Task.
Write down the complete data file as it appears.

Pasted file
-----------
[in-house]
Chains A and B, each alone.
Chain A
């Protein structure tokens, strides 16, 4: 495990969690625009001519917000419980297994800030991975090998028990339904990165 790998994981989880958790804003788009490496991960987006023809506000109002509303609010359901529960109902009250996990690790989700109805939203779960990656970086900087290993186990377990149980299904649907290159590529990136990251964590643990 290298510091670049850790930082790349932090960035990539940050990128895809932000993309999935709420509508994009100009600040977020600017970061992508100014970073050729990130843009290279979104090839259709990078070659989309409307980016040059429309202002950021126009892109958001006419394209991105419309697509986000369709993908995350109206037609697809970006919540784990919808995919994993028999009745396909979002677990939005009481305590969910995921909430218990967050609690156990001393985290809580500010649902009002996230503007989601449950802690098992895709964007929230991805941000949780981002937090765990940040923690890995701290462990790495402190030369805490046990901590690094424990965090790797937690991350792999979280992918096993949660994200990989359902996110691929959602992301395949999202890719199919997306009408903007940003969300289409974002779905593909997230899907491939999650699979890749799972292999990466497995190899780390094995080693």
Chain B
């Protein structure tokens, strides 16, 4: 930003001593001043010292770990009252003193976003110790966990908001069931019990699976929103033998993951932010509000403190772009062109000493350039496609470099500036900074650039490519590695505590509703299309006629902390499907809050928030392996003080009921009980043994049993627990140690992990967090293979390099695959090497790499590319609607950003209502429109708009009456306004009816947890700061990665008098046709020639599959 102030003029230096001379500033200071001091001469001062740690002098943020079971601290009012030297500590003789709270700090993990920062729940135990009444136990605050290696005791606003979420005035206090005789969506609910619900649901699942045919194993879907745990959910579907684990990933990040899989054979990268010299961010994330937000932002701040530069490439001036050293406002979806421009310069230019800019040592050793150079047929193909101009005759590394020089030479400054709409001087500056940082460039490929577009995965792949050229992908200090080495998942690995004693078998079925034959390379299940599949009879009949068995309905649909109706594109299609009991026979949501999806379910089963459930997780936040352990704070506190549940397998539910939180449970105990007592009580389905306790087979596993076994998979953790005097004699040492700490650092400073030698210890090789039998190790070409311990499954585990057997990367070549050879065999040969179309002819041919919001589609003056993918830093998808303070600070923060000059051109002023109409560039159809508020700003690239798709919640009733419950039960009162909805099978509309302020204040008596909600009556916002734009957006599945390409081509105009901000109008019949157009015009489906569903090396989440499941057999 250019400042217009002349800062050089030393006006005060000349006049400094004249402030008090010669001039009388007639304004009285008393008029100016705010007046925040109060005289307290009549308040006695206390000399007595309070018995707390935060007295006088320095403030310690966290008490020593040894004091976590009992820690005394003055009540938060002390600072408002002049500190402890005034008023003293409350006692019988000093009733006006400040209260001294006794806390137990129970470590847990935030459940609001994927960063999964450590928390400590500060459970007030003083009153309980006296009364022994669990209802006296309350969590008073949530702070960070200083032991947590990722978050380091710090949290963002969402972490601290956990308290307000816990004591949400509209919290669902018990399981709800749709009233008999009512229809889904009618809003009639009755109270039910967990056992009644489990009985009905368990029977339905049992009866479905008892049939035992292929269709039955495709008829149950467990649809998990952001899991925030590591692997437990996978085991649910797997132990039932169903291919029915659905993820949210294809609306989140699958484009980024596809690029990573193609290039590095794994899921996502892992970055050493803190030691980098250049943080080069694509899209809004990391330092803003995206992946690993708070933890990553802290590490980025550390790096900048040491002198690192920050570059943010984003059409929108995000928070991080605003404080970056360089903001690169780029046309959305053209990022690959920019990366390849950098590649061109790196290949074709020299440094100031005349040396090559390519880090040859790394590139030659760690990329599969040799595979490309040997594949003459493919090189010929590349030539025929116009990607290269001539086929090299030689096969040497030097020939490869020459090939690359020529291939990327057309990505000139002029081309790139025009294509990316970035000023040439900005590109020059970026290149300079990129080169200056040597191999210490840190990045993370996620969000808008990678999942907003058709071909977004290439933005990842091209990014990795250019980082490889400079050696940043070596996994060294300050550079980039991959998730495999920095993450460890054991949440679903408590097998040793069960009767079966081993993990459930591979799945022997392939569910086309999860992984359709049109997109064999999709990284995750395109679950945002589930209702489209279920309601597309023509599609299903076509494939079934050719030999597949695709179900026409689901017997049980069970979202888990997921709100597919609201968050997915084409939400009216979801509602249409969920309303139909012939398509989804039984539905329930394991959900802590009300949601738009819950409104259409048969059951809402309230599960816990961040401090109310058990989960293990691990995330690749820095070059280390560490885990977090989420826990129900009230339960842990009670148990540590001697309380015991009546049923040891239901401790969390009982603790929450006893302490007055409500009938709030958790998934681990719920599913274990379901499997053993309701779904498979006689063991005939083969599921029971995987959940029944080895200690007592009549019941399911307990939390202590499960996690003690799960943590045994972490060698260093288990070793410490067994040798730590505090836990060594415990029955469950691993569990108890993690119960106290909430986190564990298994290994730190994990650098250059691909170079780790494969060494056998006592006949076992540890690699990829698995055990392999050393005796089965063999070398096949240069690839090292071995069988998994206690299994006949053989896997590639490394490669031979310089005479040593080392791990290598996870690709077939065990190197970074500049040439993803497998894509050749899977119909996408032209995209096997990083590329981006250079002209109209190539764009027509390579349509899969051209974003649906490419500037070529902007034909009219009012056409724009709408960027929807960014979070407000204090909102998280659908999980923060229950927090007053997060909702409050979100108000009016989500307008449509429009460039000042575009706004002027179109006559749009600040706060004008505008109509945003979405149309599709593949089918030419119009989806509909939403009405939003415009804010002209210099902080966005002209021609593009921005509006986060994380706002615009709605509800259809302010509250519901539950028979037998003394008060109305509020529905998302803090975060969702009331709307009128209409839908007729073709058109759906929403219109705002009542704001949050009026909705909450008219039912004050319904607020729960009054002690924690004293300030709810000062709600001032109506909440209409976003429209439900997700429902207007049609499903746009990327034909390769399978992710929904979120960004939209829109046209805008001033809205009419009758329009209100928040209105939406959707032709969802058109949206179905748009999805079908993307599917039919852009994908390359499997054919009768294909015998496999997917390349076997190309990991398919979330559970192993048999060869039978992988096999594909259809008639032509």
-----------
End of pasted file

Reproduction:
[in-house]
Chains A and B, each alone.
Chain A
């Protein structure tokens, strides 16, 4: 495990969690625009001519917000419980297994800030991975090998028990339904990165 790998994981989880958790804003788009490496991960987006023809506000109002509303609010359901529960109902009250996990690790989700109805939203779960990656970086900087290993186990377990149980299904649907290159590529990136990251964590643990 290298510091670049850790930082790349932090960035990539940050990128895809932000993309999935709420509508994009100009600040977020600017970061992508100014970073050729990130843009290279979104090839259709990078070659989309409307980016040059429309202002950021126009892109958001006419394209991105419309697509986000369709993908995350109206037609697809970006919540784990919808995919994993028999009745396909979002677990939005009481305590969910995921909430218990967050609690156990001393985290809580500010649902009002996230503007989601449950802690098992895709964007929230991805941000949780981002937090765990940040923690890995701290462990790495402190030369805490046990901590690094424990965090790797937690991350792999979280992918096993949660994200990989359902996110691929959602992301395949999202890719199919997306009408903007940003969300289409974002779905593909997230899907491939999650699979890749799972292999990466497995190899780390094995080693």
Chain B
């Protein structure tokens, strides 16, 4: 930003001593001043010292770990009252003193976003110790966990908001069931019990699976929103033998993951932010509000403190772009062109000493350039496609470099500036900074650039490519590695505590509703299309006629902390499907809050928030392996003080009921009980043994049993627990140690992990967090293979390099695959090497790499590319609607950003209502429109708009009456306004009816947890700061990665008098046709020639599959 102030003029230096001379500033200071001091001469001062740690002098943020079971601290009012030297500590003789709270700090993990920062729940135990009444136990605050290696005791606003979420005035206090005789969506609910619900649901699942045919194993879907745990959910579907684990990933990040899989054979990268010299961010994330937000932002701040530069490439001036050293406002979806421009310069230019800019040592050793150079047929193909101009005759590394020089030479400054709409001087500056940082460039490929577009995965792949050229992908200090080495998942690995004693078998079925034959390379299940599949009879009949068995309905649909109706594109299609009991026979949501999806379910089963459930997780936040352990704070506190549940397998539910939180449970105990007592009580389905306790087979596993076994998979953790005097004699040492700490650092400073030698210890090789039998190790070409311990499954585990057997990367070549050879065999040969179309002819041919919001589609003056993918830093998808303070600070923060000059051109002023109409560039159809508020700003690239798709919640009733419950039960009162909805099978509309302020204040008596909600009556916002734009957006599945390409081509105009901000109008019949157009015009489906569903090396989440499941057999 250019400042217009002349800062050089030393006006005060000349006049400094004249402030008090010669001039009388007639304004009285008393008029100016705010007046925040109060005289307290009549308040006695206390000399007595309070018995707390935060007295006088320095403030310690966290008490020593040894004091976590009992820690005394003055009540938060002390600072408002002049500190402890005034008023003293409350006692019988000093009733006006400040209260001294006794806390137990129970470590847990935030459940609001994927960063999964450590928390400590500060459970007030003083009153309980006296009364022994669990209802006296309350969590008073949530702070960070200083032991947590990722978050380091710090949290963002969402972490601290956990308290307000816990004591949400509209919290669902018990399981709800749709009233008999009512229809889904009618809003009639009755109270039910967990056992009644489990009985009905368990029977339905049992009866479905008892049939035992292929269709039955495709008829149950467990649809998990952001899991925030590591692997437990996978085991649910797997132990039932169903291919029915659905993820949210294809609306989140699958484009980024596809690029990573193609290039590095794994899921996502892992970055050493803190030691980098250049943080080069694509899209809004990391330092803003995206992946690993708070933890990553802290590490980025550390790096900048040491002198690192920050570059943010984003059409929108995000928070991080605003404080970056360089903001690169780029046309959305053209990022690959920019990366390849950098590649061109790196290949074709020299440094100031005349040396090559390519880090040859790394590139030659760690990329599969040799595979490309040997594949003459493919090189010929590349030539025929116009990607290269001539086929090299030689096969040497030097020939490869020459090939690359020529291939990327057309990505000139002029081309790139025009294509990316970035000023040439900005590109020059970026290149300079990129080169200056040597191999210490840190990045993370996620969000808008990678999942907003058709071909977004290439933005990842091209990014990795250019980082490889400079050696940043070596996994060294300050550079980039991959998730495999920095993450460890054991949440679903408590097998040793069960009767079966081993993990459930591979799945022997392939569910086309999860992984359709049109997109064999999709990284995750395109679950945002589930209702489209279920309601597309023509599609299903076509494939079934050719030999597949695709179900026409689901017997049980069970979202888990997921709100597919609201968050997915084409939400009216979801509602249409969920309303139909012939398509989804039984539905329930394991959900802590009300949601738009819950409104259409048969059951809402309230599960816990961040401090109310058990989960293990691990995330690749820095070059280390560490885990977090989420826990129900009230339960842990009670148990540590001697309380015991009546049923040891239901401790969390009982603790929450006893302490007055409500009938709030958790998934681990719920599913274990379901499997053993309701779904498979006689063991005939083969599921029971995987959940029944080895200690007592009549019941399911307990939390202590499960996690003690799960943590045994972490060698260093288990070793410490067994040798730590505090836990060594415990029955469950691993569990108890993690119960106290909430986190564990298994290994730190994990650098250059691909170079780790494969060494056998006592006949076992540890690699990829698995055990392999050393005796089965063999070398096949240069690839090292071995069988998994206690299994006949053989896997590639490394490669031979310089005479040593080392791990290598996870690709077939065990190197970074500049040439993803497998894509050749899977119909996408032209995209096997990083590329981006250079002209109209190539764009027509390579349509899969051209974003649906490419500037070529902007034909009219009012056409724009709408960027929807960014979070407000204090909102998280659908999980923060229950927090007053997060909702409050979100108000009016989500307008449509429009460039000042575009706004002027179109006559749009600040706060004008505008109509945003979405149309599709593949089918030419119009989806509909939403009405939003415009804010002209210099902080966005002209021609593009921005509006986060994380706002615009709605509800259809302010509250519901539950028979037998003394008060109305509020529905998302803090975060969702009331709307009128209409839908007729073709058109759906929403219109705002009542704001949050009026909705909450008219039912004050319904607020729960009054002690924690004293300030709810000062709600001032109506909440209409976003429209439900997700429902207007049609499903746009990327034909390769399978992710929904979120960004939209829109046209805008001033809205009419009758329009209100928040209105939406959707032709969802058109949206179905748009999805079908993307599917039919852009994908390359499997054919009768294909015998496999997917390349076997190309990991398919979330559970192993048999060869039978992988096999594909259809008639032509």